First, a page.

User generated marine content, 1858 style!

Waterspout_1858_Mercantile_Marine_Magazine

That’s not just an old drawing, it’s a sketch submitted to Mercantile Marine Magazine in 1858 by the chief mate of the ship Forerunner, and it’s accompanied by a detailed description of the spout (height of foam at base: 50’), the Southern Ocean conditions that produced it, and how Forerunner got out of its way! Mate Fletcher’s goal, of course, was to help fellow sailors understand water spouts better, and maybe brag a bit. I came across this bit of history in the most modern and wonderful way. I was Googling the name of a certain European lighthouse that might appear in one of PMY’s photo/chart contests, and one link I got was to the Google Books version of MM Magazine’s 1858 bound edition. And, mercy be, all 384 pages are searchable, downloadable, and fascinating.


Marine Mercantile in fact had very few illustrations in its monthly editions, a reminder of how verbal/textual early navigation was. We’ve come a wicked long way in 150 years, especially the 40 I’ve witnessed, but some things are the same. Know folks who are skeptical about anything but “traditional” navigation tools? Read them the compass diatribe you can find by searching the gbook for “Barlow”, like: “Professor Barlow, when directed by the Board of Admiralty to report on the state of the compasses furnished to the Royal Navy, said, ‘that at least one-half of them were mere lumber, and ought to be destroyed.’ {Many compass bowls then were wooden.}” Willing to learn from the mishaps of others? The Magazine is full of them, of course; search “Rodney” for a double grounding despite extraordinary celestial nav skills (“All four ships hoisted their longitude at noon of that day, which corresponded to a mile”).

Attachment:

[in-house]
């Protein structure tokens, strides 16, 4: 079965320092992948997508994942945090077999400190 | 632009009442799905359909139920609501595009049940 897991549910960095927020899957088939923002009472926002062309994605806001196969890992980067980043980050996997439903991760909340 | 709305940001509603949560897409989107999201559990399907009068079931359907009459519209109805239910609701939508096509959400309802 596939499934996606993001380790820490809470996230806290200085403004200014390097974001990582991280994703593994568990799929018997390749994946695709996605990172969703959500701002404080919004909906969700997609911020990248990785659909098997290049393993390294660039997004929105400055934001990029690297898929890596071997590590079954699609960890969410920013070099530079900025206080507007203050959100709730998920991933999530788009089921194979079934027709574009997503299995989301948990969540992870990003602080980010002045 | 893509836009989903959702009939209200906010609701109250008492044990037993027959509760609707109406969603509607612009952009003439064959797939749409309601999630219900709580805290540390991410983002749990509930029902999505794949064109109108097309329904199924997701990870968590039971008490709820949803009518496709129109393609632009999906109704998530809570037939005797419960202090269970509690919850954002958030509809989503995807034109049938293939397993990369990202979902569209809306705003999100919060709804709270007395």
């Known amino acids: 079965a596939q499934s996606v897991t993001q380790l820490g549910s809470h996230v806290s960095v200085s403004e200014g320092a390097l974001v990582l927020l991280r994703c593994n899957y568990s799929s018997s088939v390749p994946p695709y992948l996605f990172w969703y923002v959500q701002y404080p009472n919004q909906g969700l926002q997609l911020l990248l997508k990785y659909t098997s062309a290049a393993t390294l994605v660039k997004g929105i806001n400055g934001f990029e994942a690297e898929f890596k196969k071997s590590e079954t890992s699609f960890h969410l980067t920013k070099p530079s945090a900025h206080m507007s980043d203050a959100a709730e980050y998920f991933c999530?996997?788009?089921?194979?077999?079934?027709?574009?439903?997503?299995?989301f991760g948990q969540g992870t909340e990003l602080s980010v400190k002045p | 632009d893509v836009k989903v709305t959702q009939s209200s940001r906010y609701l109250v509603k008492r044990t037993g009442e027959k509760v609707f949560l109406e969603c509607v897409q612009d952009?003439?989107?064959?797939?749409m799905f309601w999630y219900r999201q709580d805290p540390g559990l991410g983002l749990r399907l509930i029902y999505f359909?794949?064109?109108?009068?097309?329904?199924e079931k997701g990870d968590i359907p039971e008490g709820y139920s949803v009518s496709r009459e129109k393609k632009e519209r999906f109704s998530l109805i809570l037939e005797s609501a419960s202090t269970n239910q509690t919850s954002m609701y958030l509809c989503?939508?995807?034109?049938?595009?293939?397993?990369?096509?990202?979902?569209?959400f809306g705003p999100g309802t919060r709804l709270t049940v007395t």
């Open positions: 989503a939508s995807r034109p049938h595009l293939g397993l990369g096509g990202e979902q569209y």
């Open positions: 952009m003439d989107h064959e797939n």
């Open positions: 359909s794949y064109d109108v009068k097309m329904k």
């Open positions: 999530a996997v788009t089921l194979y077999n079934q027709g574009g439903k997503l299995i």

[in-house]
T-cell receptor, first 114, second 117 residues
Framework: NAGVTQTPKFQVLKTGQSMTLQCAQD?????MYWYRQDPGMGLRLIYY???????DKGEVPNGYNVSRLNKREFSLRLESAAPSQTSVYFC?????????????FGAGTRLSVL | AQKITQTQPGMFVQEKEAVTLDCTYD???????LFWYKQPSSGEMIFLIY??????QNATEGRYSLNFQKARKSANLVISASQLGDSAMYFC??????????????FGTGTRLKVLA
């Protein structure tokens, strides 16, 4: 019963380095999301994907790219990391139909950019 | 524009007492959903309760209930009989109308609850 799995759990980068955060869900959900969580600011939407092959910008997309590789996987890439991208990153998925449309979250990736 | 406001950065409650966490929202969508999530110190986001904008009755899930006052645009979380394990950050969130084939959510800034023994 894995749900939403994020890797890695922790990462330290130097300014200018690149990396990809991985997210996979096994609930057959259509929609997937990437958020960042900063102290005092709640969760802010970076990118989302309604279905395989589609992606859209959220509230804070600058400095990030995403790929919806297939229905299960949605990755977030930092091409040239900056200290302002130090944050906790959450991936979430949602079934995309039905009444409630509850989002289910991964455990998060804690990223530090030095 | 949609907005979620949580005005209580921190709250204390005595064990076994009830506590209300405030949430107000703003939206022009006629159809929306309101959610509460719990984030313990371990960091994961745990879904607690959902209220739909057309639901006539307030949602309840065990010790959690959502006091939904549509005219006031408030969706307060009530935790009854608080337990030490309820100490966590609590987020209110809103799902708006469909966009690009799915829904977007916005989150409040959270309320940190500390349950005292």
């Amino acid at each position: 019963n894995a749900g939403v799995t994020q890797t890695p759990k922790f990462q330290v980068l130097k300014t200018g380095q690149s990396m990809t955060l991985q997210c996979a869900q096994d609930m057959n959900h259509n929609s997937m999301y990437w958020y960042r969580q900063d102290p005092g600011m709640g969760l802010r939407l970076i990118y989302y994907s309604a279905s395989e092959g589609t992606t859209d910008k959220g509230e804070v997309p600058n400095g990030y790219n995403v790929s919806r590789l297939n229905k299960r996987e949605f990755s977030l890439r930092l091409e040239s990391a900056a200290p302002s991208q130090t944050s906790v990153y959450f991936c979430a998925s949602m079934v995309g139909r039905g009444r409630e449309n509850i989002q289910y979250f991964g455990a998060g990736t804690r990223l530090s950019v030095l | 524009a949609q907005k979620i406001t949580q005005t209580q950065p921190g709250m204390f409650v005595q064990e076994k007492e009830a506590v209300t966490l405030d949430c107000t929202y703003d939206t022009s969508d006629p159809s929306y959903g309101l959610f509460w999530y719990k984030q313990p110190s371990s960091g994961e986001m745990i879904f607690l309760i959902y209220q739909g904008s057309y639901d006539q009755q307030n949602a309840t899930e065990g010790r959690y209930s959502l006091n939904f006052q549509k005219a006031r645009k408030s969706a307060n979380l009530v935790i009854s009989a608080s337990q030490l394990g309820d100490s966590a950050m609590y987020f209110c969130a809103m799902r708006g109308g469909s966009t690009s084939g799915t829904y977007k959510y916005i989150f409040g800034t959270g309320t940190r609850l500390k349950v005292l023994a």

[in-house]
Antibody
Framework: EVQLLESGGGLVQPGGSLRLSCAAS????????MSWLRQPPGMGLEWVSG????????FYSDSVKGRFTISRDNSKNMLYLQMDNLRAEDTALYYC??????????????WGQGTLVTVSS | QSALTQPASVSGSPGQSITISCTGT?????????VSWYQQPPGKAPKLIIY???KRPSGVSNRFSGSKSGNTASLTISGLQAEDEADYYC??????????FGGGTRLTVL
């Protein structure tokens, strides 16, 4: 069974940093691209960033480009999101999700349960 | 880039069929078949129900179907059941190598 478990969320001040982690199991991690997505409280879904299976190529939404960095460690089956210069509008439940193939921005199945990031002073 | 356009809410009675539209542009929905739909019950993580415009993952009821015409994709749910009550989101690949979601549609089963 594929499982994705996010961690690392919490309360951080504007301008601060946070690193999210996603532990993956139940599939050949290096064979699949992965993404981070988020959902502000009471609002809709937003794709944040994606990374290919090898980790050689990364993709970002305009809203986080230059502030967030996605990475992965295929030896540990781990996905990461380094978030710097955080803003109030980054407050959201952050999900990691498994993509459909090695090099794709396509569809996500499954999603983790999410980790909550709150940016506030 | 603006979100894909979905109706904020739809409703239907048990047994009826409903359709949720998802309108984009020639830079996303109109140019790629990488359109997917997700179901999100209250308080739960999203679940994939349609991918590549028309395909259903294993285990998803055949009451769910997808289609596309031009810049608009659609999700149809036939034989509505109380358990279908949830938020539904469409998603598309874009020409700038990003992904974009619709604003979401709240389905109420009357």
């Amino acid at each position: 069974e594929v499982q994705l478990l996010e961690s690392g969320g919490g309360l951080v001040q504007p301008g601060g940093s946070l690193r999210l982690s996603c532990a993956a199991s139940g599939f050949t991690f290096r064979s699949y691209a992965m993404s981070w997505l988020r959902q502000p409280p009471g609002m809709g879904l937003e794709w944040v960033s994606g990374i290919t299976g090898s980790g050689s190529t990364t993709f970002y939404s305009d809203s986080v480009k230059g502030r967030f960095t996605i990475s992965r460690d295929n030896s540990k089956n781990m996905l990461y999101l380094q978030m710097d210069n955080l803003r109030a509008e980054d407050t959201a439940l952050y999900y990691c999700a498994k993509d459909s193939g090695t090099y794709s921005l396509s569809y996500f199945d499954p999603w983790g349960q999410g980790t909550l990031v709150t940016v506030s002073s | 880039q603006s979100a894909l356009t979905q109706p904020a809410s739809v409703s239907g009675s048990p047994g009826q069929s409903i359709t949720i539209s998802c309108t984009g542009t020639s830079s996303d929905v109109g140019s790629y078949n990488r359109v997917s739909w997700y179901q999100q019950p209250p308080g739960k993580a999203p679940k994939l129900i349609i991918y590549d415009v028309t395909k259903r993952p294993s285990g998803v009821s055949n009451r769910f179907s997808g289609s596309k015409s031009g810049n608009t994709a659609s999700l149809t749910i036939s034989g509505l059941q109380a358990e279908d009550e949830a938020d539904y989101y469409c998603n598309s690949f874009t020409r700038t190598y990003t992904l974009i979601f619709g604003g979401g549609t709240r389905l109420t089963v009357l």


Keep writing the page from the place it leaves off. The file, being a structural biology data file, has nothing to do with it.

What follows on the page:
Or how about the 1858 exchange rate for gold Doubloons, Eagles, or Sovereigns in the Cape de Verd Islands (search “de Verd”)? I’m sure many captains of the day cherished these volumes, and diligently contributed their own findings to the common database. Yes, indeed, the gray old Mercantile Marine is not really unlike the very graphic ActiveCaptain (Palm mobile application now available) and the various other marine “wikis” NavaGear is exploring. I’m confident that one day we’ll see a high-tech user generated POI system integrated into our onboard navigation appliance, and I’m also hoping for antique chart layers…for the historic dimension. Wouldn’t it be cool to see that old French lighthouse both underway, it’s still standing, and hand marked on an 1850’s chart by a guy who’d just read his latest Marine Mercantile?

PS A question to ye olde navigators: I know the Greenwich Meridian is the great circle of zero longitude, which passes through the Greenwich, England observatory (because the Brits got to make such decisions back then), but is there a twist to how it’s used in the succinct MM voyage logs (like below)?

Melbourne_passage_1858_Mercantile_Marine_Magazine

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Ben Ellison

Ben Ellison

Panbo editor, publisher & chief bottlewasher from 4/2005 until 8/2018, and now excited to have Ben Stein as very able publisher, webmaster, and editing colleague. Panbo is going to the next level in 2019 and beyond.

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